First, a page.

8 of the most beautiful places in... Cumbria
Date Posted: 21/06/2016
Forest sculptures, rambling hillside views, Lake District gems and Elizabethan mansions; here are some of the most aesthetically-pleasing spots in Cumbria for groups.
1. The view from Brockhole Jetty across Lake Windermere - pictured. (Photo credit: VisitEngland/Rich J Jones).
Windermere is the largest natural lake in England, measuring 18-kilometres in length.
As well as taking picturesque walks around the lake, groups can visit nearby attractions including Bowness-on-Windermere, the Lakeside Pier, the Lakeside station of the Lakeside and Haverthwaite Railway, and the Aquarium of the Lakes.
2. The historic Elizabethan house of Levens Hall. (Photo credit: VisitEngland/Levens Hall).
Situated at the gateway to the Lake District, Levens Hall and the surrounding estate offer plenty for groups to enjoy during a visit.
Highlights include the topiary garden, which was started by French gardener Guillaume Beaumont in the 18th century, as well as a deer park, fountains, a willow labyrinth, and the conserved Elizabethan house. Group rates are available for parties of 20 or more.
3. Bassenthwaite Lake. (Photo credit: VisitEngland/Cumbria Tourism/Stewart Smith).
Bassenthwaite Lake, owned by the National Park Authority, is the most northerly of the Lake District bodies of water. Groups can follow a lakeside path all the way along the western shore, or access the eastern shore at Mirehouse.
This country house and its grounds are open to the public, and visitors can visit the lakeshore and the tiny, peaceful St Bega's Church.
4. Bean An T-Visce (Woman of the Water). (Photo credit: VisitEngland/Cumbria Tourism/Isobel Cameron).
This is a sculpture by Alannah Robins, created in 1995, in Grizedale Forest. Bean An T-Visce shows one female figure standing arms-aloft in a brook as she directs a flume of water on to another figure before her.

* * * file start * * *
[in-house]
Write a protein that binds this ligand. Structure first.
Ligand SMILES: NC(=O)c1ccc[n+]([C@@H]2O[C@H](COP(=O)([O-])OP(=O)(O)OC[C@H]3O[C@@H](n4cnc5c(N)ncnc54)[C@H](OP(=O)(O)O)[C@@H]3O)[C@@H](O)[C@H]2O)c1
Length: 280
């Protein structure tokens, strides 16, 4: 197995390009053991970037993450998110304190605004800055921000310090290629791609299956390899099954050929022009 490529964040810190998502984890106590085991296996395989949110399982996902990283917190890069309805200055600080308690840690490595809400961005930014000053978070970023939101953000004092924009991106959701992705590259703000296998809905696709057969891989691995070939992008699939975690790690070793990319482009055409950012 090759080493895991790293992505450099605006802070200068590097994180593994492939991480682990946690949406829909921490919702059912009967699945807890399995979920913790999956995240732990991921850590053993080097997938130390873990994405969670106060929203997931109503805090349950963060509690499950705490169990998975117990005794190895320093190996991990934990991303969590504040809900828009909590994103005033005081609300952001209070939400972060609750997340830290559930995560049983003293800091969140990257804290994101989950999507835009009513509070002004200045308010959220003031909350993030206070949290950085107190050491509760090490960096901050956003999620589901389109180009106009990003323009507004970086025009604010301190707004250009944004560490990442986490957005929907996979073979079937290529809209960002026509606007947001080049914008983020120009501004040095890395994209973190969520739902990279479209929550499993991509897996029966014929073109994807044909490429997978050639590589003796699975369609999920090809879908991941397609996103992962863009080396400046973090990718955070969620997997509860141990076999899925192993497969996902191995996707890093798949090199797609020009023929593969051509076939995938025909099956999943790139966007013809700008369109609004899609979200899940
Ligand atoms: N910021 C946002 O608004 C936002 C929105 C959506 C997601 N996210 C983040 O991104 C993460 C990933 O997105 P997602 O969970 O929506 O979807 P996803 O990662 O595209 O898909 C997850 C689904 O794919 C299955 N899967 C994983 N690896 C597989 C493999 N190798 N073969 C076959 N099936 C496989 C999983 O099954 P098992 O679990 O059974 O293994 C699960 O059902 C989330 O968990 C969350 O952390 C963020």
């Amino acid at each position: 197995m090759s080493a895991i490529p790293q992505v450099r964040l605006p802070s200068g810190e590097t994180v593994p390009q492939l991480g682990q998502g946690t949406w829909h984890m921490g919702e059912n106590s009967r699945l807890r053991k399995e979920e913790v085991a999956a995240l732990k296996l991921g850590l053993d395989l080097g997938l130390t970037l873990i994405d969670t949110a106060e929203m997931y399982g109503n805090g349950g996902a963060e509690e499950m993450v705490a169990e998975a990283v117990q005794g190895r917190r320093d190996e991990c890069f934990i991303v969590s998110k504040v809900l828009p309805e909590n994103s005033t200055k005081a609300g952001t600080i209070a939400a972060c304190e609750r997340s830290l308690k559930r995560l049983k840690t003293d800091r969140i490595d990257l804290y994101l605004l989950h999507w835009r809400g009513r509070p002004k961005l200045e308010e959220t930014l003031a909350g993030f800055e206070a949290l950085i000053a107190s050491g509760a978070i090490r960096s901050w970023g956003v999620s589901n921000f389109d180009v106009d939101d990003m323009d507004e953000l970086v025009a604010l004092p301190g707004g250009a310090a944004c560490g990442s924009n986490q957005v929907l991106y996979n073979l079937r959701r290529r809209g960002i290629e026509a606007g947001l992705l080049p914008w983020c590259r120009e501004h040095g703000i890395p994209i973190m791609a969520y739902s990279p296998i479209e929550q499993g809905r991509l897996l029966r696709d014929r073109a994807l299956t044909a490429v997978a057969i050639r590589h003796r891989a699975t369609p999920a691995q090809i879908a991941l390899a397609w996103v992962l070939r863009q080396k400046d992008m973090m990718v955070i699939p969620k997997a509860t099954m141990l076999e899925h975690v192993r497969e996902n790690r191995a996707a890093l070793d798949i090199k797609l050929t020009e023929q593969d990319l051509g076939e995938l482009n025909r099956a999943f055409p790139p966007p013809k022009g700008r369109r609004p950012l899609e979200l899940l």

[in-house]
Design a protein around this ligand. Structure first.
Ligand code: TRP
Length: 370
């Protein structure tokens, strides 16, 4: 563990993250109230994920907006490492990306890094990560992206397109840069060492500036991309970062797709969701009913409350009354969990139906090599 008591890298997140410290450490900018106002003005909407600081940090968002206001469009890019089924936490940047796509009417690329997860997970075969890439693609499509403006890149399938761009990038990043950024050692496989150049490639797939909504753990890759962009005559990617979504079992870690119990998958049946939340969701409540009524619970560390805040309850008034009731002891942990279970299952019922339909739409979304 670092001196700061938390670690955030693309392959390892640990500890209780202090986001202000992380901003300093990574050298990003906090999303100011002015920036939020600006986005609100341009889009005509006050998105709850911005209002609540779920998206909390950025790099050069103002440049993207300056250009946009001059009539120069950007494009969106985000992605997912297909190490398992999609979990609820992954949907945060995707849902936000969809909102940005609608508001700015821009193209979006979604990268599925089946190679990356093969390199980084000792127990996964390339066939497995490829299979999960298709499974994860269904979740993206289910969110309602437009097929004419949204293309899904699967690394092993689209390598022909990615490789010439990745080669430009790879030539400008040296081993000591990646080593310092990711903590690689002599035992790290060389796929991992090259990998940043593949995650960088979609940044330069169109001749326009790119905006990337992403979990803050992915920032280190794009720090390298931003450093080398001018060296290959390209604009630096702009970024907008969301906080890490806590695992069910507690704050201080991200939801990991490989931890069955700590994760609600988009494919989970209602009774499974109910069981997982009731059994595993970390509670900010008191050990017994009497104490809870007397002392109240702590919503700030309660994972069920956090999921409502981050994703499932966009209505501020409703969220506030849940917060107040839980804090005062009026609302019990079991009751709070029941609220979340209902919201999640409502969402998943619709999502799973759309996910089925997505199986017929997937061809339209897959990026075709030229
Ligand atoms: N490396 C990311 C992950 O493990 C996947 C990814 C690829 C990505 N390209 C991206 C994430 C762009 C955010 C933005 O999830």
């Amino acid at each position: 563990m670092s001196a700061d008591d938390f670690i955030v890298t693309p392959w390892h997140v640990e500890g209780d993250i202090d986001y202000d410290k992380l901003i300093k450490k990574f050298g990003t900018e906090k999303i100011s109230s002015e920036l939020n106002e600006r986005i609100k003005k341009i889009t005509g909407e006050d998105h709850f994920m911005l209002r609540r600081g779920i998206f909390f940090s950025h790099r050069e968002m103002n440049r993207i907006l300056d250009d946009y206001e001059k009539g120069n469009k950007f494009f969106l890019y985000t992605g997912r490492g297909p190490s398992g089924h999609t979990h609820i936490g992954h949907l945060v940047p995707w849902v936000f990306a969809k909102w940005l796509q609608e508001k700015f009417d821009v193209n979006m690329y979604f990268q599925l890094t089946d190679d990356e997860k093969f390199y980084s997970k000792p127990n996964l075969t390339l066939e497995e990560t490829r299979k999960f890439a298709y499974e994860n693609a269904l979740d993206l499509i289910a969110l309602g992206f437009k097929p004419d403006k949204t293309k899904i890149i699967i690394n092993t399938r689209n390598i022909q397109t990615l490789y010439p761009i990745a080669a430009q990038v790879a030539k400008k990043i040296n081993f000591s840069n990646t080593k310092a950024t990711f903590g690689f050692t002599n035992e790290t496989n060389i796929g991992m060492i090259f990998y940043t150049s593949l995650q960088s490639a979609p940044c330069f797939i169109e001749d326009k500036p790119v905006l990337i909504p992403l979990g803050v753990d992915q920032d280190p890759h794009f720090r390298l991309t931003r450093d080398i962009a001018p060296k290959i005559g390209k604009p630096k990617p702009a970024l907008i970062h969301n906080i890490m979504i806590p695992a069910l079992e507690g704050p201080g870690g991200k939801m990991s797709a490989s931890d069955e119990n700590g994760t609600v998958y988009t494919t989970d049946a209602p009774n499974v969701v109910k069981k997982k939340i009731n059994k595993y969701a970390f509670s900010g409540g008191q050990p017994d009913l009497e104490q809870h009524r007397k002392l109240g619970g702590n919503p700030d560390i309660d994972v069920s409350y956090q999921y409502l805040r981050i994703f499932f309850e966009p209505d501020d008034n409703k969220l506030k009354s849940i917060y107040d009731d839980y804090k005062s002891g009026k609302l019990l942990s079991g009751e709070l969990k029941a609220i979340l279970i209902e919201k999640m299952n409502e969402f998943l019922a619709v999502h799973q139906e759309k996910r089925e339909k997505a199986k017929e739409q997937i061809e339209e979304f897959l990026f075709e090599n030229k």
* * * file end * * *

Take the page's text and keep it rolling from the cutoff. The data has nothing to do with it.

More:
Grizedale Forest is home to 60 permanent art works created in response to the landscape, including Charles Bray's 1994 work Light Column and Kerry Morrison's Some Fern – so there’s plenty to watch out for when taking a ramble through the trees.
5. Maryport Harbour. (Photo credit: VisitEngland/Cumbria Tourism/Brian Sherwen).
Maryport Harbour is situated at the mouth of the Solway Estuary on the Cumbrian Coast, and here visitors can enjoy views across to the Scottish coastline.
The Solway Firth Coastline is an Area of Outstanding Natural Beauty stretching from Rushcliffe in the north to Maryport in the south, so there are plenty of coastal trails for walking groups in this area.
6. River Eea, Cartmel. (Photo credit: VisitEngland/Cumbria Tourism/Charlie Wearden).
The historic village of Cartmel is situated in a quiet valley and offers picturesque views of the South Lakeland District fells and countryside.
Visitors can enjoy history in the form of a 12th century priory church and 16th to 18th century buildings, alongside modern shops, eateries and pretty places to stay.
7. Birdoswald Roman Fort, Hadrian's Wall. (Photo credit: VisitEngland Hadrian's Wall Country/Roger Clegg).
Birdoswald Roman Fort lays claim to being the longest continuous remaining stretch of the World Heritage Site, Hadrian's Wall.
Groups can explore the extensive remains of the Roman fort on foot, and discover interactive displays, artefacts and a model of the wall in the onsite exhibition inside the visitor centre.
8. The Stone Circle at Castlerigg. (Photo credit: VisitEngland/Alex Hare).
Castlerigg has been described as the most atmospheric and dramatically sited of all British stone circles, with panoramic views and the mountains of Helvellyn and High Seat as a backdrop.
It is also among the earliest British circles, raised in about 3000 BC during the Neolithic period. Groups who’d like a walk can park at the centre of Keswick and walk to the stones; this takes approximately 30 minutes.